In the writing controller 121 a, the data sent from the four distribution processors 113C, 113M, 113Y and 113K is synthesized and stored in a predetermined bit position of an address of the pixel of interest.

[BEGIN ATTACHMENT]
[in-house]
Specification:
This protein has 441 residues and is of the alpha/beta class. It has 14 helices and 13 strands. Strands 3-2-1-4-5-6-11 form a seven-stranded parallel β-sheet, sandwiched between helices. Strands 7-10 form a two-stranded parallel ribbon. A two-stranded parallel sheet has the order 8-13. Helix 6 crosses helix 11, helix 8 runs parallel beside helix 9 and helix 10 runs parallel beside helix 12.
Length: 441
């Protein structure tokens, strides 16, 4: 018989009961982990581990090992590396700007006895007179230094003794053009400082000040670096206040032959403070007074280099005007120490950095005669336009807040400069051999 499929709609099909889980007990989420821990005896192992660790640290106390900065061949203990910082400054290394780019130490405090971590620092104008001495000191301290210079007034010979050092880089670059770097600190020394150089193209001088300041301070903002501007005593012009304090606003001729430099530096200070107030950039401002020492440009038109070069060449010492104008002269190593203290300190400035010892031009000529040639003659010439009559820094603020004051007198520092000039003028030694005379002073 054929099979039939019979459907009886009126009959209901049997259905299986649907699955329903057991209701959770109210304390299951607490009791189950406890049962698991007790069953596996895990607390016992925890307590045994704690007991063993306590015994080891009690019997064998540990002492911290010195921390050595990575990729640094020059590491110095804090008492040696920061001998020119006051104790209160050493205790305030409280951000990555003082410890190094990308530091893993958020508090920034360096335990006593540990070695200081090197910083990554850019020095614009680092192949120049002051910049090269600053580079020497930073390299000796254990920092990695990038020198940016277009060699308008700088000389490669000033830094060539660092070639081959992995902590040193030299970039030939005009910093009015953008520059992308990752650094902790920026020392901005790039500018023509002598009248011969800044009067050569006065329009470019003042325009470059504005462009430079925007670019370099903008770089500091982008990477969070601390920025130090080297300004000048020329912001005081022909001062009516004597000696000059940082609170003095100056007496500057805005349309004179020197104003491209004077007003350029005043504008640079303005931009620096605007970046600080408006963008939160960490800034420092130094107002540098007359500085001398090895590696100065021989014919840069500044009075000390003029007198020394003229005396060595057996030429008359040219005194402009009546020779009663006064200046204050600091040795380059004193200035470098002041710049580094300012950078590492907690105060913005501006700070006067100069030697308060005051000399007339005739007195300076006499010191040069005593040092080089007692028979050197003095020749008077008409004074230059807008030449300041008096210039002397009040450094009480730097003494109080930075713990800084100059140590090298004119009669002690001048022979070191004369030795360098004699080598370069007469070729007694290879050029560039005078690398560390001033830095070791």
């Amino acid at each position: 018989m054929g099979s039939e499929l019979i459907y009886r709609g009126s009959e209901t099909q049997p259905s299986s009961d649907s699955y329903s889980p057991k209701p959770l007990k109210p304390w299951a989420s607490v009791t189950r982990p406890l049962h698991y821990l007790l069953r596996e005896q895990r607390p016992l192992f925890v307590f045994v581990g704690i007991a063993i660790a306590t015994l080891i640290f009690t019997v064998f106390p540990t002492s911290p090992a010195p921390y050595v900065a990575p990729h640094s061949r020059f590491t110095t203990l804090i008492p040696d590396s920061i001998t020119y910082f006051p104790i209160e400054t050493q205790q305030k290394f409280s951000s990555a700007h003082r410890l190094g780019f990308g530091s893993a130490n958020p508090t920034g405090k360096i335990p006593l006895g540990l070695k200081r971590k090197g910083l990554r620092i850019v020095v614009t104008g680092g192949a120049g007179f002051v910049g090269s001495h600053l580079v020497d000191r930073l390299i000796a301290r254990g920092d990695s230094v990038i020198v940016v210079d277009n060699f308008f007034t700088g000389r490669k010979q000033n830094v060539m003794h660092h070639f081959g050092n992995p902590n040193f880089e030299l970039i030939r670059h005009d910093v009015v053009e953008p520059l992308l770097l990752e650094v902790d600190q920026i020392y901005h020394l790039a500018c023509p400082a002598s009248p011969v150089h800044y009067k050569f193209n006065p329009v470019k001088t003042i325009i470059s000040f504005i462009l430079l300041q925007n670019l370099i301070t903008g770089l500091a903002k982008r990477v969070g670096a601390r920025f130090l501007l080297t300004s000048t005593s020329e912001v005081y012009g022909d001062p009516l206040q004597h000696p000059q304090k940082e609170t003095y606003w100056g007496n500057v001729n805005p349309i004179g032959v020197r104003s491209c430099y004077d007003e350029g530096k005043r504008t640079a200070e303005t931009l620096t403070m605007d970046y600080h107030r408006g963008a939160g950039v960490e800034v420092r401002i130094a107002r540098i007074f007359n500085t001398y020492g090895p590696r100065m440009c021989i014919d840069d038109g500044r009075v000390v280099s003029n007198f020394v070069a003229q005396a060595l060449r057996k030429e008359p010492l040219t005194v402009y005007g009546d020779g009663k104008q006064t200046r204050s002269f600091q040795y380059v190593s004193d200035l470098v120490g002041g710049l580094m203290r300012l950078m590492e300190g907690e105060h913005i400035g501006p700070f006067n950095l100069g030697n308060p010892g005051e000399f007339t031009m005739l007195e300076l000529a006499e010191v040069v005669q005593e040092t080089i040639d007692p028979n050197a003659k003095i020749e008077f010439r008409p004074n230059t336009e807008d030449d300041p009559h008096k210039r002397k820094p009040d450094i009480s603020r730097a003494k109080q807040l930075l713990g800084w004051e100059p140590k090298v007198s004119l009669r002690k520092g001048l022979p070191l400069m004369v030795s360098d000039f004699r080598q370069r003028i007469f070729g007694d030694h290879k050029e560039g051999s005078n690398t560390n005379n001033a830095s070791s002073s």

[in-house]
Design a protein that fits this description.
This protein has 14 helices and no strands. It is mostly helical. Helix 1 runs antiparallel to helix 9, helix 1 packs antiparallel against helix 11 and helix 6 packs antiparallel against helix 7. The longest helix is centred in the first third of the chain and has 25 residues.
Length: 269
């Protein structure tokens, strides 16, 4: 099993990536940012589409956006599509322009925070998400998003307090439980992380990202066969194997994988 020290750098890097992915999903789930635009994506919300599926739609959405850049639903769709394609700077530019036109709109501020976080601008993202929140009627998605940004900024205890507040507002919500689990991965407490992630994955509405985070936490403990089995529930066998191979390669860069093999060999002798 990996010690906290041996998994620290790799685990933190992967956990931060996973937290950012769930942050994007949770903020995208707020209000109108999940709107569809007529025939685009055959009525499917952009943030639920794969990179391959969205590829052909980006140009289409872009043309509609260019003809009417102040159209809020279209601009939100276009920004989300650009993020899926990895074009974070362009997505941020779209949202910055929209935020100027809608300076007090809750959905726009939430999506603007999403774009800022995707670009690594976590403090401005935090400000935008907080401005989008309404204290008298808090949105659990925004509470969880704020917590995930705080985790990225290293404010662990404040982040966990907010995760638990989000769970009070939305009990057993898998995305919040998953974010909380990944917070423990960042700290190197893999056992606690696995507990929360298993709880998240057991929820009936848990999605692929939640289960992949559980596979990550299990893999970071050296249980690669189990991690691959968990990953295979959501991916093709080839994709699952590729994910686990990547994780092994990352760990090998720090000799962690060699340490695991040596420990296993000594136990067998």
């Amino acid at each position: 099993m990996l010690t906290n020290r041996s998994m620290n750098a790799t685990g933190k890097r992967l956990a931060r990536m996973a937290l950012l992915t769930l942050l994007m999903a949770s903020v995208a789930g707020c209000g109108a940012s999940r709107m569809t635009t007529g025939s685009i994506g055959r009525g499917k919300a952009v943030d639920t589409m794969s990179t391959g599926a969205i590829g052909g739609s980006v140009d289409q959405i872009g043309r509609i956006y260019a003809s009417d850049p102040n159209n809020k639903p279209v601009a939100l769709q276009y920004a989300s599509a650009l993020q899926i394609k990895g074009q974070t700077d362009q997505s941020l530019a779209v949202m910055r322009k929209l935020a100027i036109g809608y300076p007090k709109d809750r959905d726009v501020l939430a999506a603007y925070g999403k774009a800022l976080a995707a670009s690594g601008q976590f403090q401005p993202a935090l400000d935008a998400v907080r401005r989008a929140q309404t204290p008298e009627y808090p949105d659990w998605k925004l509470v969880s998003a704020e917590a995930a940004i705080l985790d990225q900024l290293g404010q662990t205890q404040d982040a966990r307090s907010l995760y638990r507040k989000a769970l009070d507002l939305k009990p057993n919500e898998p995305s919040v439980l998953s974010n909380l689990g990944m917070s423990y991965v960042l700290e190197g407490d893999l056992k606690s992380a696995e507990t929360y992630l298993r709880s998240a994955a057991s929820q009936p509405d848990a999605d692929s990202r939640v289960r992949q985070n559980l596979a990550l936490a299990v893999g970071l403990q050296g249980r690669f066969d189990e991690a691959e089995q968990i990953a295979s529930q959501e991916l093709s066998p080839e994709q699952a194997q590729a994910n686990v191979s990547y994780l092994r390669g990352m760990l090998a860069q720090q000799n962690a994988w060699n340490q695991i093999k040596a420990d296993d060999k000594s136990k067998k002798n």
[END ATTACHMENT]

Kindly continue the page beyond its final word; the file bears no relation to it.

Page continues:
Next, a density error calculator 115C for C data calculates the difference between the density value (CD value) of the pixel of interest and the density expressed by the ink combination which has been determined by the ink-type distribution processor 113C. Then, an error diffusion processor 116C for C data executes so-called the error diffusion process in which the difference value calculated by the density error calculator 115C is diffused to periphery pixels of the pixel of interest in accordance with a distribution coefficient. The periphery pixel data, to which errors are diffused in the foregoing manner, is sent to a writing controller 121 b. Similarly, with respect to the periphery pixel data for M, Y and K, the density error calculator 115M for M data, density error calculator 115Y for Y data, and density error calculator 115K for K data respectively calculate density errors; then the error diffusion processor 116M for M data, error diffusion processor 116Y for Y data, and the error diffusion processor 116K for K data respectively diffuse the errors to periphery pixels of the pixel of interest; and the resultant data is sent to the writing controller 121 b. In the writing controller 121 b, the data sent by the four error diffusion processors 116C, 116M, 116Y and 116K are synthesized and stored in predetermined bit positions of respective addresses of the periphery pixels of the pixel of interest.